Tin Can Bay Foreshore Bird Walk

Local environment, Local wildlife

Our Tin Can Bay Foreshore Walk is a favourite place for many of our locals and visitors who enjoy its natural beauty and the wealth of native vegetation and wildlife.

Whether bicycle riding, jogging, or just casually strolling, follow the signage along the 4 km stretch of the easily accessible “Tin Can Bay Foreshore Bird Walk”; you will soon discover that Tin Can Bay is home to a truly wonderful variety of birds. With a list of 143 species already sighted, our foreshore is a great place to bird watch, providing a range of habitats for an excellent birding experience!

Wrens or finches will reveal themselves from the patches of Wallum heath and sedges which provide shelter for ground dwelling and lower storey birds, if care and patience is taken to wait quietly for them. There is the opportunity to see them emerge and go about their business of feeding.

Our native vegetation of wattle, sheoak and banksia provide nectar and insects for the middle storey birds like the many honeyeaters and robins. In the upper-storey, lorikeets and parrots feed on the blossoms of the forest red gums and bloodwood.

Tawny frogmouths, kites and kingfishers can be found nesting or resting in the crowns of the trees.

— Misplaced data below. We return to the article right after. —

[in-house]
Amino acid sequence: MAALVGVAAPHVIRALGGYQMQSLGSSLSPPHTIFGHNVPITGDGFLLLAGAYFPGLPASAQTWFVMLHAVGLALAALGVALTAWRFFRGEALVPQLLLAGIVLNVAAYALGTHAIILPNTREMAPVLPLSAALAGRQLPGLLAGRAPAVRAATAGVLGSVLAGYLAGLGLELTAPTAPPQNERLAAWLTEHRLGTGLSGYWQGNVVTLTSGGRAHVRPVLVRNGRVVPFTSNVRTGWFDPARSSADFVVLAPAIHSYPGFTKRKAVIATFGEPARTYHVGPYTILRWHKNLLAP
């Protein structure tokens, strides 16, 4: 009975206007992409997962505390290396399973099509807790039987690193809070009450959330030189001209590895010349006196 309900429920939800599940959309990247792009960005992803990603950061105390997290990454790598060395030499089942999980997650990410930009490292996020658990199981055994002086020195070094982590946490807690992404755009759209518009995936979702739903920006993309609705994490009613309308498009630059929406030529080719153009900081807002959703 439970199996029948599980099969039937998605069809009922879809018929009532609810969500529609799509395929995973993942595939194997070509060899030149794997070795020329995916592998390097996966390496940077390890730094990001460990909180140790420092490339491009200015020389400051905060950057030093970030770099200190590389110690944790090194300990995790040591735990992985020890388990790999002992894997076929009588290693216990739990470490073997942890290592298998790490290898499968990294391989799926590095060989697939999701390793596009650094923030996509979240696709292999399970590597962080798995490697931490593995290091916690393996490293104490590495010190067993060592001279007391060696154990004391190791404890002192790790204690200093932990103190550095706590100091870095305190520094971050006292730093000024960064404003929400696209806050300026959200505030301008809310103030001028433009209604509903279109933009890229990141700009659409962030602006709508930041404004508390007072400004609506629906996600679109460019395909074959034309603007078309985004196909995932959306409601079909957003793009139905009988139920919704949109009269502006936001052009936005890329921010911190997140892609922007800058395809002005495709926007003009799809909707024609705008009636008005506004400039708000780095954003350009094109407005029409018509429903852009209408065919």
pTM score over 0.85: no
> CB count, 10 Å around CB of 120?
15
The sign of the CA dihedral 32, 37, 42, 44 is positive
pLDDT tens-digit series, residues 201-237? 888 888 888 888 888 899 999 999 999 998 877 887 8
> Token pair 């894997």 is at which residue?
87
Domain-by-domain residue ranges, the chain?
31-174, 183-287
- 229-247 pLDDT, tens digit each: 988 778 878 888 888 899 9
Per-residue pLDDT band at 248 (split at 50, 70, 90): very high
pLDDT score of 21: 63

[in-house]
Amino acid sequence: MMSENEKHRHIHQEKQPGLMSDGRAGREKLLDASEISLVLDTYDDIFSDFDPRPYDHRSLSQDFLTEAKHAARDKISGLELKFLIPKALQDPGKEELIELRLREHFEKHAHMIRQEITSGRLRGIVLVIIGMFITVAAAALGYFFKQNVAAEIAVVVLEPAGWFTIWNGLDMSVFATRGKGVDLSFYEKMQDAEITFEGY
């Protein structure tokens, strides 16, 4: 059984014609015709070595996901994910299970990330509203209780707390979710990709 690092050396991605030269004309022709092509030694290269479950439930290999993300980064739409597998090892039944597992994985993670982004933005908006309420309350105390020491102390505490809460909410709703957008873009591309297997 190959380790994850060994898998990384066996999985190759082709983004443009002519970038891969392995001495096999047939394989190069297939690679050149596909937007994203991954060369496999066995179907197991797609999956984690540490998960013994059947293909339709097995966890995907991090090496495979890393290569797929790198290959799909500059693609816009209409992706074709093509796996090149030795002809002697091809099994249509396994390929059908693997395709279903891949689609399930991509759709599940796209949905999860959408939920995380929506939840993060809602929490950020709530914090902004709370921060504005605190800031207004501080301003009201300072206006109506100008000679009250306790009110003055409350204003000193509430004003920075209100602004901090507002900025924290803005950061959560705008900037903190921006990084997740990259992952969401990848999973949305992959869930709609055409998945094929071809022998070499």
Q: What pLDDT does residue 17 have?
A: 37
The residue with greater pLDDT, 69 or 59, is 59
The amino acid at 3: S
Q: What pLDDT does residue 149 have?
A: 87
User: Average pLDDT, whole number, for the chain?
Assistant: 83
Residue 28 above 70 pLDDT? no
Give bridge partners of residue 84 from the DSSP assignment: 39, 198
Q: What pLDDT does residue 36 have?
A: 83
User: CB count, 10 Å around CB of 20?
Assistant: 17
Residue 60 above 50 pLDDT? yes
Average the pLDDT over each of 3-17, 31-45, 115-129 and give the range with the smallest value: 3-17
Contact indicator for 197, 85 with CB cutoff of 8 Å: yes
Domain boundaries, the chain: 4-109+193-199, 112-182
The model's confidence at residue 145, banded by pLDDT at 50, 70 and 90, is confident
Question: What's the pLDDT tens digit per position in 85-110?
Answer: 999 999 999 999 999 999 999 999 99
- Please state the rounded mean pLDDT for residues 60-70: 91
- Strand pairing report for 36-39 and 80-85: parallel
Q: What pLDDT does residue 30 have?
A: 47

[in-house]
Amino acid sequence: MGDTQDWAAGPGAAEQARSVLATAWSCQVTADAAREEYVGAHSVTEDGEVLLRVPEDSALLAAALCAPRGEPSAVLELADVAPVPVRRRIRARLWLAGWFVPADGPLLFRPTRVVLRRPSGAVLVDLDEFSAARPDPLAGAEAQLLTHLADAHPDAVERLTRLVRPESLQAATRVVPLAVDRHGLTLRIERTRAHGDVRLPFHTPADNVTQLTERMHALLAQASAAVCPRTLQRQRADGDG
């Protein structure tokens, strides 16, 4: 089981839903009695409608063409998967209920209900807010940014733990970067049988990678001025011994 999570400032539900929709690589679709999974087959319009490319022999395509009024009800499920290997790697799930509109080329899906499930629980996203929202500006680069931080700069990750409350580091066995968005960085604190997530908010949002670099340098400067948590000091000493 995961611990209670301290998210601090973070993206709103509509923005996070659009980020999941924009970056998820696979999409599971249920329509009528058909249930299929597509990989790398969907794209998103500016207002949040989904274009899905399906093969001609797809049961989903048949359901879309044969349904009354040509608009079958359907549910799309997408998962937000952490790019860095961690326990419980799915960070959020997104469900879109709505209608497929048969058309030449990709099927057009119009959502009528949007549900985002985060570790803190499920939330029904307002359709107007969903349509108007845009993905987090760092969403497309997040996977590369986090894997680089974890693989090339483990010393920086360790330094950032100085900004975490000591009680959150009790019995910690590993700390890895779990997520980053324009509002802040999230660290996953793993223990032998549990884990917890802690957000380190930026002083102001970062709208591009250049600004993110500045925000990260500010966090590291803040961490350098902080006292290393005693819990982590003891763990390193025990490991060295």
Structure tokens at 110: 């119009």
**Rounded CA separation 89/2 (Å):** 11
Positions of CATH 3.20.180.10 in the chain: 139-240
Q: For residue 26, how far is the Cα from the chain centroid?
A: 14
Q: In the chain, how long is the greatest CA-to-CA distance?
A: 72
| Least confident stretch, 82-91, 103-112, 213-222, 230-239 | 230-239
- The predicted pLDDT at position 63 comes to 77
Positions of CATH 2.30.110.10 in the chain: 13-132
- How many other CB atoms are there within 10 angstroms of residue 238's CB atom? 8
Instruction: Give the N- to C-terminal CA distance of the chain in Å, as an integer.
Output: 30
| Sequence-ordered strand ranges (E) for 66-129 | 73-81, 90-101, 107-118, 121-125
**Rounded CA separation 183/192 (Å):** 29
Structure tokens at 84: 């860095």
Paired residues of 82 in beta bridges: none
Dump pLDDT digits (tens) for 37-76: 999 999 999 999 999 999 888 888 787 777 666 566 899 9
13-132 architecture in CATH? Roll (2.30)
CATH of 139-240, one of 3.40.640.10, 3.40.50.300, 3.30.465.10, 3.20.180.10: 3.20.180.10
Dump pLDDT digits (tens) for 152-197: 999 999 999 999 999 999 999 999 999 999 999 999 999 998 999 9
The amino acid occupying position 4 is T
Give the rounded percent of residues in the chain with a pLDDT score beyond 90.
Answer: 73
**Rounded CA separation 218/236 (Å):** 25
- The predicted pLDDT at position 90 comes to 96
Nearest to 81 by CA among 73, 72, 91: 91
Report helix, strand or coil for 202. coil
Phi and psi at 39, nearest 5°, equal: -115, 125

Various species of raptors will be seen in the canopy or flying around. Ground foraging species like magpies, masked lapwings (plovers) and peewees are also present.

The sandflats and mangroves are a food source for local and migratory waders and sea birds. At low tide there are extensive sandbanks where the birds can search for food and at high tide there are secluded places where they can roost and rest without disturbance. Sea birds (gulls and terns) dive for fish out at sea and then roost on sandbanks with the shorebirds. Shorebirds feed in the limited time between tides and need to be on the foreshore where they can find food.

Choosing where you walk when you visit shorebird feeding sites and keeping dogs leashed means that you and others will have the opportunity to see more of them. Being located within Queensland’s Great Sandy Straits, it is also part of a Ramsar Wetland of international importance. (https://www.dcceew.gov.au/water/wetlands/ramsar).

This places a responsibility on individuals and governments at all levels to protect these endangered birds.

A pair of binoculars and a good field guide of Australian birds will enhance your Foreshore walk.

There are also a range of birding apps which you can download to your phone. Take advantage of the signs along the bird walk. They are a good source of information about the birds you are most likely to see and the QR code on them will take you on your mobile phone to a wealth of information on the Birding Cooloola website www.birdingcooloola.org.au

Happy walking and birding.

Pictured: Eastern ospreys